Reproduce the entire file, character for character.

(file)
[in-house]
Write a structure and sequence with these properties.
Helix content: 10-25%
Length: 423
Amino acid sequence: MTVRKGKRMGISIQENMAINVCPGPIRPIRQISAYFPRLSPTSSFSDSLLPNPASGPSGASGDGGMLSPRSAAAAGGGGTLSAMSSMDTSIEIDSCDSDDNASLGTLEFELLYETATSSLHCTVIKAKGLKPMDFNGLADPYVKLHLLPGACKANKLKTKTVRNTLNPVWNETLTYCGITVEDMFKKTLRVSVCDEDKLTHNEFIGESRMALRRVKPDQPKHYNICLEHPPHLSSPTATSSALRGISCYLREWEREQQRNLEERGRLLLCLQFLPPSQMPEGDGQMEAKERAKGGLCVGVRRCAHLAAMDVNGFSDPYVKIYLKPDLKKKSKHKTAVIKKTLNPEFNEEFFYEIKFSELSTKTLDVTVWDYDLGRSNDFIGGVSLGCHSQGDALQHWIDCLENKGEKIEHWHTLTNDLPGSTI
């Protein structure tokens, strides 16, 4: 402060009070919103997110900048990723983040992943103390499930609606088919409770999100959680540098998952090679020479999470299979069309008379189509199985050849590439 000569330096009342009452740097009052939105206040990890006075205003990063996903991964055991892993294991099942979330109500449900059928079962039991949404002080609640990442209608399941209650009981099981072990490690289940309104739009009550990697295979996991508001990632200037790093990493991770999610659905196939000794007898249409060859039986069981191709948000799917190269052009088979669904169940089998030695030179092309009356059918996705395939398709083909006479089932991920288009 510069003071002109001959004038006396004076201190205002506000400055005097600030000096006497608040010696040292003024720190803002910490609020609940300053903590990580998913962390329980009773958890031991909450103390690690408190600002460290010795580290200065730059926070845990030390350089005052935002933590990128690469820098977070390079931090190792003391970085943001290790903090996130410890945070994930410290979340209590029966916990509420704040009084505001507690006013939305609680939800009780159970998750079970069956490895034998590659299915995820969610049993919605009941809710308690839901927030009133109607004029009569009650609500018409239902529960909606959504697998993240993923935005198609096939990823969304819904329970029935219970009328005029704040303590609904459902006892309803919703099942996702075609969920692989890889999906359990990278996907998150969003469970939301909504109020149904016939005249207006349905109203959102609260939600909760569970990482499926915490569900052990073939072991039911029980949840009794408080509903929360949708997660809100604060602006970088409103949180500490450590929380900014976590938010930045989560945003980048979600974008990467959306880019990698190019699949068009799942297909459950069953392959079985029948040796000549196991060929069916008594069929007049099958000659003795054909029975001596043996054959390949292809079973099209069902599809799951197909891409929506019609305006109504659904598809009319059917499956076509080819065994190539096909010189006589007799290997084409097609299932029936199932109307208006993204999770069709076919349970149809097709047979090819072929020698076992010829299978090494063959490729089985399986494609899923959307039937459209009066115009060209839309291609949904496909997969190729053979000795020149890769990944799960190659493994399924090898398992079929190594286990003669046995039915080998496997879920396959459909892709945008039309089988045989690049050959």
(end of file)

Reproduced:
[in-house]
Write a structure and sequence with these properties.
Helix content: 10-25%
Length: 423
Amino acid sequence: MTVRKGKRMGISIQENMAINVCPGPIRPIRQISAYFPRLSPTSSFSDSLLPNPASGPSGASGDGGMLSPRSAAAAGGGGTLSAMSSMDTSIEIDSCDSDDNASLGTLEFELLYETATSSLHCTVIKAKGLKPMDFNGLADPYVKLHLLPGACKANKLKTKTVRNTLNPVWNETLTYCGITVEDMFKKTLRVSVCDEDKLTHNEFIGESRMALRRVKPDQPKHYNICLEHPPHLSSPTATSSALRGISCYLREWEREQQRNLEERGRLLLCLQFLPPSQMPEGDGQMEAKERAKGGLCVGVRRCAHLAAMDVNGFSDPYVKIYLKPDLKKKSKHKTAVIKKTLNPEFNEEFFYEIKFSELSTKTLDVTVWDYDLGRSNDFIGGVSLGCHSQGDALQHWIDCLENKGEKIEHWHTLTNDLPGSTI
């Protein structure tokens, strides 16, 4: 402060009070919103997110900048990723983040992943103390499930609606088919409770999100959680540098998952090679020479999470299979069309008379189509199985050849590439 000569330096009342009452740097009052939105206040990890006075205003990063996903991964055991892993294991099942979330109500449900059928079962039991949404002080609640990442209608399941209650009981099981072990490690289940309104739009009550990697295979996991508001990632200037790093990493991770999610659905196939000794007898249409060859039986069981191709948000799917190269052009088979669904169940089998030695030179092309009356059918996705395939398709083909006479089932991920288009 510069003071002109001959004038006396004076201190205002506000400055005097600030000096006497608040010696040292003024720190803002910490609020609940300053903590990580998913962390329980009773958890031991909450103390690690408190600002460290010795580290200065730059926070845990030390350089005052935002933590990128690469820098977070390079931090190792003391970085943001290790903090996130410890945070994930410290979340209590029966916990509420704040009084505001507690006013939305609680939800009780159970998750079970069956490895034998590659299915995820969610049993919605009941809710308690839901927030009133109607004029009569009650609500018409239902529960909606959504697998993240993923935005198609096939990823969304819904329970029935219970009328005029704040303590609904459902006892309803919703099942996702075609969920692989890889999906359990990278996907998150969003469970939301909504109020149904016939005249207006349905109203959102609260939600909760569970990482499926915490569900052990073939072991039911029980949840009794408080509903929360949708997660809100604060602006970088409103949180500490450590929380900014976590938010930045989560945003980048979600974008990467959306880019990698190019699949068009799942297909459950069953392959079985029948040796000549196991060929069916008594069929007049099958000659003795054909029975001596043996054959390949292809079973099209069902599809799951197909891409929506019609305006109504659904598809009319059917499956076509080819065994190539096909010189006589007799290997084409097609299932029936199932109307208006993204999770069709076919349970149809097709047979090819072929020698076992010829299978090494063959490729089985399986494609899923959307039937459209009066115009060209839309291609949904496909997969190729053979000795020149890769990944799960190659493994399924090898398992079929190594286990003669046995039915080998496997879920396959459909892709945008039309089988045989690049050959």